Numerosity. Although Defendant made more than 15 million calls to some 3 million unique cell phone numbers, the court found that the requirement for numerosity was not satisfied for Plaintiff’s proposed revocation-of-consent class. Id. at *8. The court explained that “courts often find that a group greater than 40 members” satisfies the numerosity requirement. Id. at *8. Plaintiff had suggested a proposed class notice plan, which he planned to disseminate to potential class members in order to identify the class. Id. at *1. The notice plan would ask potential class members whether they had received calls from Defendant after requesting not to be contacted via telephone. Id. Plaintiff asked the court to make “common sense assumptions” that the court could “draw from ‘the unlikely event that less than 40 consumers out of 3 [million] who received telephonic communications from [defendant] submit a claim’ in response to” his proposed notice plan. Id. at *8. The court explained that such an alleged probability was not evidence. Id. By contrast, Defendant had proffered evidence that Defendant routinely obtained and recorded a borrower’s consent to be called. Id. Additionally, the court noted that, despite a multi-month discovery period, Plaintiff had been unable to identify “even one other similarly situated individual,” which “further undermine[d] plaintiff’s proffered assumption that, because of the sheer number of calls made, at least 39 others must have been contacted by defendant without consent.” Id.
Predominance. Additionally, the court held that Plaintiff’s proposed class failed under Rule 23(b)(3) because he failed to show that common questions predominated over the individual questions inherent in Defendant’s consent affirmative defense. Id. at *9. Defendant presented letters and emails from Plaintiff providing his phone number, evidence of phone calls made to Defendant from Plaintiff’s cell phone, and loan documents containing consent language allowing contacts by telephone. Id. at *11. The court ruled that because Defendant had presented evidence that it had obtained Plaintiff’s consent for the call, Defendant satisfied its threshold evidentiary burden to put consent at issue for the predominance analysis. Id. The burden then shifted to Plaintiff to show that the consent defense could be litigated by common, class-wide proof. Id. at *12 Plaintiff failed to satisfy this burden. Id. at *13. The court determined that class-wide proof was not feasible where Defendant had proffered evidence of Plaintiff’s individual letters, emails, and phone calls to Defendant. Id. at *14. Plaintiff also failed to proffer evidence that Defendant’s loan documents containing consent language “were uniform in their inclusion (or exclusion) of a provision requesting borrowers to include their respective contact information.” Id. Additionally, the court held that plaintiff had failed under Rule 23(b)(3) because he did not show how he could prove revocation of consent by potential class members on a class-wide basis. Id. at *16. Noting that whether consent was effectively revoked must be judged under the totality of the circumstances, the court found that individual issues would predominate. Id. at **15–17.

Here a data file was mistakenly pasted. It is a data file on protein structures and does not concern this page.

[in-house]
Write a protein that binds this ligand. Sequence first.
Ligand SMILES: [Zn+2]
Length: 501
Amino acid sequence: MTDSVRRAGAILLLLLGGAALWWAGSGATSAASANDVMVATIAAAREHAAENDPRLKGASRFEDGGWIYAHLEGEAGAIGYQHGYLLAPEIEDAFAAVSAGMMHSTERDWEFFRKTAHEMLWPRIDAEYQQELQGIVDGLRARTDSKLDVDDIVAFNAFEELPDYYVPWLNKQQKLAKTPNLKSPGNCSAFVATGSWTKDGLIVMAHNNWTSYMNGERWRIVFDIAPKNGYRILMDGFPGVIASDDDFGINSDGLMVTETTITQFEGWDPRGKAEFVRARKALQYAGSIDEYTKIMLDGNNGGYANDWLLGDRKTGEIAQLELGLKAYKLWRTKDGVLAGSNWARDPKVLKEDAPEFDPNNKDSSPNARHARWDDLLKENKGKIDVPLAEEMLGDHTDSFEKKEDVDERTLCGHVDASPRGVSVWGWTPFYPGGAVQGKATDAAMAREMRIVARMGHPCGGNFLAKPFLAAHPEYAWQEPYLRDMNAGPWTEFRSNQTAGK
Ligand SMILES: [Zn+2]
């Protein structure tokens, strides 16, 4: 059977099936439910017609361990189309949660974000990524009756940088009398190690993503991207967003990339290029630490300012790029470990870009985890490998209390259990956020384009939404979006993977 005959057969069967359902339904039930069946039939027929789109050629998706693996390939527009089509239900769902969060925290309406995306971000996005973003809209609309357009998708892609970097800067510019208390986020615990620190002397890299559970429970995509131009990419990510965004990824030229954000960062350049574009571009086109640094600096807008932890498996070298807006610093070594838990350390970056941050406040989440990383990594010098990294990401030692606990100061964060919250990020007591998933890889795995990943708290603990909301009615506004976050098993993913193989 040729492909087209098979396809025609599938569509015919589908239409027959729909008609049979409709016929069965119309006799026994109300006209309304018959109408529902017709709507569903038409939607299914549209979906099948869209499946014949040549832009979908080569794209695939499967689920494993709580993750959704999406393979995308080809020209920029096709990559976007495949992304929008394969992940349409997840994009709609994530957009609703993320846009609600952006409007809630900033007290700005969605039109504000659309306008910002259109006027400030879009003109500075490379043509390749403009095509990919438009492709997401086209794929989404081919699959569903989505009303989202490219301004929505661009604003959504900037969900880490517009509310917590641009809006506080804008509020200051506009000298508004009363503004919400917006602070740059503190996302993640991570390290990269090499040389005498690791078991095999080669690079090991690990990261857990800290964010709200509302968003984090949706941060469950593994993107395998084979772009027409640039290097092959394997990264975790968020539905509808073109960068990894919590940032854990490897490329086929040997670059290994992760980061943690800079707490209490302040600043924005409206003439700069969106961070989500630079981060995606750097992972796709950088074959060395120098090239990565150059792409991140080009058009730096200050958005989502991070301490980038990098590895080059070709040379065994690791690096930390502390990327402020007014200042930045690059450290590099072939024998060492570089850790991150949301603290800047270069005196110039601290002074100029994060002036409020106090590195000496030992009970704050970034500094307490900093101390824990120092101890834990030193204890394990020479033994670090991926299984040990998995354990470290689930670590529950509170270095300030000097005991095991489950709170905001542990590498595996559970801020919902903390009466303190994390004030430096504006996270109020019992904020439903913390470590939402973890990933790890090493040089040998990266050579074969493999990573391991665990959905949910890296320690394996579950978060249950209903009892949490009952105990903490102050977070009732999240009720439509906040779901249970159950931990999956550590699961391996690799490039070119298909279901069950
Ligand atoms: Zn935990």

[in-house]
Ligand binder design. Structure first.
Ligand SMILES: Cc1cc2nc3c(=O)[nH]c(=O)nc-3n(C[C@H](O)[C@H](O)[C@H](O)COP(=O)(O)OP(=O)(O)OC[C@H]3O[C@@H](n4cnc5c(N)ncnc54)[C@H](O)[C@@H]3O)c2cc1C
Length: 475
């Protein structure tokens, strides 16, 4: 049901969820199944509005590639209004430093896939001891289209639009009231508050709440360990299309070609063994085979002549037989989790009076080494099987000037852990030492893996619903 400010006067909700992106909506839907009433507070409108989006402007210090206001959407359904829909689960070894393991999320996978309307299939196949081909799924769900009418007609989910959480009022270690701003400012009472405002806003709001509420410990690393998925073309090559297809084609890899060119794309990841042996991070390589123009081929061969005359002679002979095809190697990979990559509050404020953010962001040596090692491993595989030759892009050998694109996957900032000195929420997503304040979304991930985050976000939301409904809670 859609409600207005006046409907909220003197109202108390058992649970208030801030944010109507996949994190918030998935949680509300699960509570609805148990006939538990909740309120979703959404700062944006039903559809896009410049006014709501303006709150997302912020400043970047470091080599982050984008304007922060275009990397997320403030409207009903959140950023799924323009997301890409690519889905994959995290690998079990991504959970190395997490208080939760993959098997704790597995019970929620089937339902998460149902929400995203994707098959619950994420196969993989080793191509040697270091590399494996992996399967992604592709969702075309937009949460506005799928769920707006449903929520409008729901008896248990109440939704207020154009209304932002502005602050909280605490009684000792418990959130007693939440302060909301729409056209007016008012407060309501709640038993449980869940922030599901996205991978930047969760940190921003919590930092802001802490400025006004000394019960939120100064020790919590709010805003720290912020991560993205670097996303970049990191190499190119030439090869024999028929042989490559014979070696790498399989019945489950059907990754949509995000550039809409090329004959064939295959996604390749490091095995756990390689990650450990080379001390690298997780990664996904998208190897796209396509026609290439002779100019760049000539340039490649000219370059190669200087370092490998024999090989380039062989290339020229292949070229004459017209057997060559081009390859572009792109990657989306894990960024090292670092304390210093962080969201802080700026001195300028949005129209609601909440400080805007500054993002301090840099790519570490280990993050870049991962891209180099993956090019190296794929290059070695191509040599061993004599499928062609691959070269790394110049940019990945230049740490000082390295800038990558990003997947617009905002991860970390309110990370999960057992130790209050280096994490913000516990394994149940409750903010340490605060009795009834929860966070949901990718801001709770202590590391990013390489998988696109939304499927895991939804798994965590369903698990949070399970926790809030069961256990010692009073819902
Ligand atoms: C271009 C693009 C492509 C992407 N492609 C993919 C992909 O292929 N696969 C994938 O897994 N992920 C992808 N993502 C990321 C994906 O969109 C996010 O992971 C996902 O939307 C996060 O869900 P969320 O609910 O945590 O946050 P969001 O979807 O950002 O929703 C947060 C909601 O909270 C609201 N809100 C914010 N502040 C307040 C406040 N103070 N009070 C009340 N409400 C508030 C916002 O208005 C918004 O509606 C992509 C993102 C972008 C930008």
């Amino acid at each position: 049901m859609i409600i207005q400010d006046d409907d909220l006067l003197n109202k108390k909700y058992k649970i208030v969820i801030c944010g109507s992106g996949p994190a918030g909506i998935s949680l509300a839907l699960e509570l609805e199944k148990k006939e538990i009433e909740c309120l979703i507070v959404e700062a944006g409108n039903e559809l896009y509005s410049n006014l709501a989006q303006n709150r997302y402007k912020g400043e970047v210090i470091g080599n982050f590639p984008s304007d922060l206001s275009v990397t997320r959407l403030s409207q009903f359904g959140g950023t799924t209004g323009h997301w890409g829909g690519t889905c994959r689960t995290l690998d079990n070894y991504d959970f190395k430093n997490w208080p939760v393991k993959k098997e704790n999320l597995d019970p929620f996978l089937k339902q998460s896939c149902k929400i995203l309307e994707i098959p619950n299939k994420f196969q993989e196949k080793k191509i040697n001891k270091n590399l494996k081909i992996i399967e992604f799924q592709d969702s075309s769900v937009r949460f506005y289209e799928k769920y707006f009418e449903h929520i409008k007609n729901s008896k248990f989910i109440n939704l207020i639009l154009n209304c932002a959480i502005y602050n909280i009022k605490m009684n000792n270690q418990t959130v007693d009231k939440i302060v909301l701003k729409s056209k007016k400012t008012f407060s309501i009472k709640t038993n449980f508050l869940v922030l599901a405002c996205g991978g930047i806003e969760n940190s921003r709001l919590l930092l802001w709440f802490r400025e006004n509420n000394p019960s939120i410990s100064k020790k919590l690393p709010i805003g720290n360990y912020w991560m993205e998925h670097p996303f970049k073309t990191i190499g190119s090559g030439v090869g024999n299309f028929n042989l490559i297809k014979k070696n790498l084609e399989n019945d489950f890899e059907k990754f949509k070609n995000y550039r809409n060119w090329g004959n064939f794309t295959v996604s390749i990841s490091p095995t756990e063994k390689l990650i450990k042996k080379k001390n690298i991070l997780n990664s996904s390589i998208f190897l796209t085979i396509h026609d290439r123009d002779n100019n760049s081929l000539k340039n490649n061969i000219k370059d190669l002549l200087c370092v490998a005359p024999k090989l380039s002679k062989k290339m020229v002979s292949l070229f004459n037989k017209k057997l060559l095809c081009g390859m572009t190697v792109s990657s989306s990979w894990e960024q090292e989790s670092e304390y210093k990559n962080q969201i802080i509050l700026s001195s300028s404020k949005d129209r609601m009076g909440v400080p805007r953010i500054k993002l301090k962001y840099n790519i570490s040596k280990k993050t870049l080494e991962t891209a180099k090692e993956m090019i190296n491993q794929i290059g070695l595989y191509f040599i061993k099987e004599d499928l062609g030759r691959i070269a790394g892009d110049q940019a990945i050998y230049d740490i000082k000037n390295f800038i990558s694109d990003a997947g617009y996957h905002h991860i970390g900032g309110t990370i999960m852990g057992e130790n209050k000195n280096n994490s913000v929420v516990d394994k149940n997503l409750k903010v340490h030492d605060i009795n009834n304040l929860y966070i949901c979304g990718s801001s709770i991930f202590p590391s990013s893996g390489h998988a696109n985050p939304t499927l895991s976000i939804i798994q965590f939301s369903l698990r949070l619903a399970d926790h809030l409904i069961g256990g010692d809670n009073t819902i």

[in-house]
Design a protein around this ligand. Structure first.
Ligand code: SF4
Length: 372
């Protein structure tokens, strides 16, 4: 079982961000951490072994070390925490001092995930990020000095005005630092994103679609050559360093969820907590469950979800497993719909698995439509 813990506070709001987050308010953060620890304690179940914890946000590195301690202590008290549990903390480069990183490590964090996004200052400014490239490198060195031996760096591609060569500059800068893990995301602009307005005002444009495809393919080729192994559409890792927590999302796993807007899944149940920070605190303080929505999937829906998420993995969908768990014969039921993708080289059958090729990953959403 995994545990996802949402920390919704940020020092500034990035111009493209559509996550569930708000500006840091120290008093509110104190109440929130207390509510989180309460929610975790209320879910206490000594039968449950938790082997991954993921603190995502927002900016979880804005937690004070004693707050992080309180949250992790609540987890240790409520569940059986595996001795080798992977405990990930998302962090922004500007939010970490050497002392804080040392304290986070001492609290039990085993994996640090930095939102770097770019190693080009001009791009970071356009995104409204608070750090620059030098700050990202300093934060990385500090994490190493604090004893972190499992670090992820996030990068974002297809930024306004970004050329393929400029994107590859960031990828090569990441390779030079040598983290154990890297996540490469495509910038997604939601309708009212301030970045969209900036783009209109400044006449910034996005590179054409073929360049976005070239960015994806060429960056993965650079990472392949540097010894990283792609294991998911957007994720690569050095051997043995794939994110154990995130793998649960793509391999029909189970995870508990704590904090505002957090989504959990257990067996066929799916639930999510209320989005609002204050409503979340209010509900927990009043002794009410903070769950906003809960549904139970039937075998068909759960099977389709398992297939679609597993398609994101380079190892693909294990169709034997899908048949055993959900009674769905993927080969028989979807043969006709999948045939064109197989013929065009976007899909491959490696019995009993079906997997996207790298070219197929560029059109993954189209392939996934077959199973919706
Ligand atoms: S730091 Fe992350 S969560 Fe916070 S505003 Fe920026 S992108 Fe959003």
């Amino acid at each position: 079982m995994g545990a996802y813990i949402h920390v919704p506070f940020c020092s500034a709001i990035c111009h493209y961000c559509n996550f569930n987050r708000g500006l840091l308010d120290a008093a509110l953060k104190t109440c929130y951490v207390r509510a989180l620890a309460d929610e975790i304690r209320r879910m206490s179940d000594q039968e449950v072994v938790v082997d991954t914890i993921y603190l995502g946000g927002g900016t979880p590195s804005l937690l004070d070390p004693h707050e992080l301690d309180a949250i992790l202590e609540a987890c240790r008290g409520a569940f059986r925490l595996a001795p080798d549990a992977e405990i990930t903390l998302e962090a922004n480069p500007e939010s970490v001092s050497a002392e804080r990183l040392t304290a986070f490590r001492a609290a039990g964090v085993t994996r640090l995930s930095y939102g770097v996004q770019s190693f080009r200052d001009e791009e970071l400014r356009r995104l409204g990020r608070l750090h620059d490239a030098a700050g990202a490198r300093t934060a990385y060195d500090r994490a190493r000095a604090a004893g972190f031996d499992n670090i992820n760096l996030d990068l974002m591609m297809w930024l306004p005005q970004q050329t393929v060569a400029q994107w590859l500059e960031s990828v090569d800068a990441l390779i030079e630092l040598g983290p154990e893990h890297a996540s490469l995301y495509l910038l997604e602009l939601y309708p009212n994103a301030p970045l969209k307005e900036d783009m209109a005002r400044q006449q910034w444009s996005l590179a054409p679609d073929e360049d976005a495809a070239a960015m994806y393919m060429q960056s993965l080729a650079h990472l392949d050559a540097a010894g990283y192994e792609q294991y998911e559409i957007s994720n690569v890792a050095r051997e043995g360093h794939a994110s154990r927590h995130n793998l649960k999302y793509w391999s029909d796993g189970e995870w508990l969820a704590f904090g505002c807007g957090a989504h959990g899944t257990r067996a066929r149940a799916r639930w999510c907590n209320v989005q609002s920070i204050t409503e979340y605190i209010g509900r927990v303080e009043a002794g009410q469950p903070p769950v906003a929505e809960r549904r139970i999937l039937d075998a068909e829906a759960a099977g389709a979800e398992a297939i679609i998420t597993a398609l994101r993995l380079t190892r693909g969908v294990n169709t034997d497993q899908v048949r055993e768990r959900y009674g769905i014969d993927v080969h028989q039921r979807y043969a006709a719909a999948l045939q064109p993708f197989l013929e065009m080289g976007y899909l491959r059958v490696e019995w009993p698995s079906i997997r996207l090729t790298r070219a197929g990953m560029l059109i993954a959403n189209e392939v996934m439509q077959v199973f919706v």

Request for Statutory Damages Defeats Rule 23(b)(2) Injunction Class. Finally, the court held that the proposed class also failed under Rule 23(b)(2). Id. at *17. Plaintiff primarily requested statutory damages, not declaratory or injunctive relief. Id. In addition, Defendant had adopted a new policy that would cease autodialed calls upon a broader set of commands from recipients, and Plaintiff had failed to show how Defendant’s changed policy did not render the request for injunctive relief moot. Id. at *17–18.
Conclusion. The decision offers valuable lessons to defendants opposing class certification in TCPA cases. As the court noted, the mere fact that the defendant made millions of calls does not mean that the case is suitable to be tried as a class action. Class certification requires evidence satisfying each of Rule 23’s requirements, not “common sense” assumptions based on the sheer number of automated phone calls.